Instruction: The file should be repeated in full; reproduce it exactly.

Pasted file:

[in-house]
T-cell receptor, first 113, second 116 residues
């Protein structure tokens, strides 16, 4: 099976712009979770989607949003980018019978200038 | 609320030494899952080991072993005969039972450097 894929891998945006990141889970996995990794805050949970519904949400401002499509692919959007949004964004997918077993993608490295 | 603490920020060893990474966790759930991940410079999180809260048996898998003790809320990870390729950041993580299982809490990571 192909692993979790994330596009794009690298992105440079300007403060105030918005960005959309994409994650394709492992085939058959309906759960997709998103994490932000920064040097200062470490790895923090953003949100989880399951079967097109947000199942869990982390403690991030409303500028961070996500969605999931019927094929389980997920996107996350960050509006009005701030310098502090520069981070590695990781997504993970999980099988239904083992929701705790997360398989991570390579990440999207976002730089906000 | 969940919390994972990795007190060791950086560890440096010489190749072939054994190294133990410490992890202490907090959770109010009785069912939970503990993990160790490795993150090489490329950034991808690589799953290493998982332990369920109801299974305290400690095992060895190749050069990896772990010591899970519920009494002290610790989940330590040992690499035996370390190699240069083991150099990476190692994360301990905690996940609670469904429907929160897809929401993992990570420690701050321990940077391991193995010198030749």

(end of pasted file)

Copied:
[in-house]
T-cell receptor, first 113, second 116 residues
């Protein structure tokens, strides 16, 4: 099976712009979770989607949003980018019978200038 | 609320030494899952080991072993005969039972450097 894929891998945006990141889970996995990794805050949970519904949400401002499509692919959007949004964004997918077993993608490295 | 603490920020060893990474966790759930991940410079999180809260048996898998003790809320990870390729950041993580299982809490990571 192909692993979790994330596009794009690298992105440079300007403060105030918005960005959309994409994650394709492992085939058959309906759960997709998103994490932000920064040097200062470490790895923090953003949100989880399951079967097109947000199942869990982390403690991030409303500028961070996500969605999931019927094929389980997920996107996350960050509006009005701030310098502090520069981070590695990781997504993970999980099988239904083992929701705790997360398989991570390579990440999207976002730089906000 | 969940919390994972990795007190060791950086560890440096010489190749072939054994190294133990410490992890202490907090959770109010009785069912939970503990993990160790490795993150090489490329950034991808690589799953290493998982332990369920109801299974305290400690095992060895190749050069990896772990010591899970519920009494002290610790989940330590040992690499035996370390190699240069083991150099990476190692994360301990905690996940609670469904429907929160897809929401993992990570420690701050321990940077391991193995010198030749």